Unsolved Problems: Discussion topics for Sept. 4, 2013Remember Dolly the Sheep? Researchers have transplanted mouse B-lymphocyte nuclei into mouse oocytes, and produced clones of mice ALL of whose B-lymphocytes make identical binding sites (with the same shapes and amino acid sequences as the antibodies made by that lymphocyte from which they had gotten the nucleus that they transplanted.
a) Is this the result that you would have expected? Why or why not?
b) Some mechanism must be preventing the B-lymphocytes of the cloned mice from splicing VDJ regions: right? What function would be served (in normal animals) by such a preventative mechanism?
(Hint#1: If a nucleus has already undergone VDJ recombination, can it be allowed to do that a second time?)
(Hint#2: Remember that diploid animals have two of the VDJ "do it yourself kits"?
(So why don't mammals made two kinds of antibodies?
But notice that if they made two different kinds of heavy chains and two different kinds of light chains, and if these combined randomly, then there would be four different shapes of binding sites.
c) If VDJ recombination continued through our lives (instead of just at some stage of early embryonic development), then what evidence would/could either prove or disprove this?
d) Is continuation of VDJ recombination consistent with the inability of the cloned mice (in question a) to make any more than one identical shaped binding site?
e) Consider a person or animal who receives a bone marrow transplant. Are they going to have the same immunities and allergies as the person who donated the bone marrow? Or will they need new vaccination?
f) Please take a look at the Wikipedia article about autoimmune diseases. I quote the first sentence:
"Autoimmunity is the failure of an organism in recognizing its own constituent parts as self, thus leading to an immune response against its own cells and tissues."
Can we make a list of all the mistaken ideas revealed by this one sentence?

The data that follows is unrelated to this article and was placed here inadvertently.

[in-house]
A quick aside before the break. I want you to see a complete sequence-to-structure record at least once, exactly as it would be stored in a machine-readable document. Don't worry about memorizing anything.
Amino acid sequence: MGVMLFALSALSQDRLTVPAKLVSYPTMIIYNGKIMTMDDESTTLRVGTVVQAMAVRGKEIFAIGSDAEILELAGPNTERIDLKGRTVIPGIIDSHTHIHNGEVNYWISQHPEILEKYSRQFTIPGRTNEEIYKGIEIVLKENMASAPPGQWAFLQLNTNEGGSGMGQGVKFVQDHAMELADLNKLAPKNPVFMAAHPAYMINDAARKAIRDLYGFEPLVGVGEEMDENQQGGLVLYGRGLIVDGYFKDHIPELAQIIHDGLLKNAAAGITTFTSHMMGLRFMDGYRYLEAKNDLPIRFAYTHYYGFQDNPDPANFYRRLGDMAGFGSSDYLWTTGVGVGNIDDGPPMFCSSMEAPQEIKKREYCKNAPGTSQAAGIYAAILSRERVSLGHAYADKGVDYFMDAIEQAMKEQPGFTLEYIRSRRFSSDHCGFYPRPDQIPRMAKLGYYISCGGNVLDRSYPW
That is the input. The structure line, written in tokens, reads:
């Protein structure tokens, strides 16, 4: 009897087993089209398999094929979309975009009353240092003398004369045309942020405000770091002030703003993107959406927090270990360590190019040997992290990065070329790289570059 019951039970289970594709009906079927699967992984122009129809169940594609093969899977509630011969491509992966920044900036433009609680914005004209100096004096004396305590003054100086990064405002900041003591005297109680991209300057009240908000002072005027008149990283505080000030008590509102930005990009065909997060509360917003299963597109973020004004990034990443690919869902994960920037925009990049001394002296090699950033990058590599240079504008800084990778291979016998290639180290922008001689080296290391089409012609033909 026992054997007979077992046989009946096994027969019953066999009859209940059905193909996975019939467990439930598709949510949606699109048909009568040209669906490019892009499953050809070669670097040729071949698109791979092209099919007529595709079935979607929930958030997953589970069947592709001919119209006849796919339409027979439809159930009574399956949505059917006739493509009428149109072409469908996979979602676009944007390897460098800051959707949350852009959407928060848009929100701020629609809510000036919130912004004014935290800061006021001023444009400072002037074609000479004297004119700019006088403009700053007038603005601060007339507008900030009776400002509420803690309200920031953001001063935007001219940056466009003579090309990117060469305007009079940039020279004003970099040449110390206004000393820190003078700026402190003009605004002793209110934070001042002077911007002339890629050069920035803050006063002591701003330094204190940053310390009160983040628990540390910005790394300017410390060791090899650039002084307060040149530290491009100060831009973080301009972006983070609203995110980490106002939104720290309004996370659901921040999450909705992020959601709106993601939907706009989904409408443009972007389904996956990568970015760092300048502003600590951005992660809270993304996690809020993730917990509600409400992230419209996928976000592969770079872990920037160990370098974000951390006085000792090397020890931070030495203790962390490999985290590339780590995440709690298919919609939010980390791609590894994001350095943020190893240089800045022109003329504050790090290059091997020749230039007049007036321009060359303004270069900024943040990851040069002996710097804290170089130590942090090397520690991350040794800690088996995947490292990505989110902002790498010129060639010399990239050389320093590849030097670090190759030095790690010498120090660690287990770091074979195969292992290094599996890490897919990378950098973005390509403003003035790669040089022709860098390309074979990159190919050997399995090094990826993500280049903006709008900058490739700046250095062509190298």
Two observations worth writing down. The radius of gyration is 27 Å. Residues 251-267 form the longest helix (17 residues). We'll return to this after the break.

Can a person who believes this make any positive contribution toward curing autoimmune diseases?
Where did they get such an idea? Try to put yourself in their minds? Do they show any evidence of self-doubt? How could you talk them out of it? Do organisms recognize anything as self?
If we banned the words "recognize" and "self", could that be a big step toward cured for autoimmune diseases?
g) Can you find anywhere in this article, or in its "Talk" section, that even suggests anything like V(D)J recombination? (Or any form of generation of diversity, like hyper-mutation)
h) Wikipedia does have an article titled "V(D)J recombination"
Here are two quotes from that article "...because of its randomness in choosing different genes, is able to diversely encode proteins to match antigens from bacteria, viruses, parasites, dysfunctional cells such as tumor cells, and pollen."
"Failure of the cell to create a successful product that does not self-react leads to cell apoptosis."
And a quote from the "Talk" page. "In the intro: V(D)J recombination nearly randomly combines Variable, Diverse, and Joining gene segments...Sounds strange. Is this process really random?"
What mistaken assumptions are these well-meaning people making?
How do you suppose such major discoveries escaped the knowledge of 99% of the educated public? ("sounds strange", indeed.)
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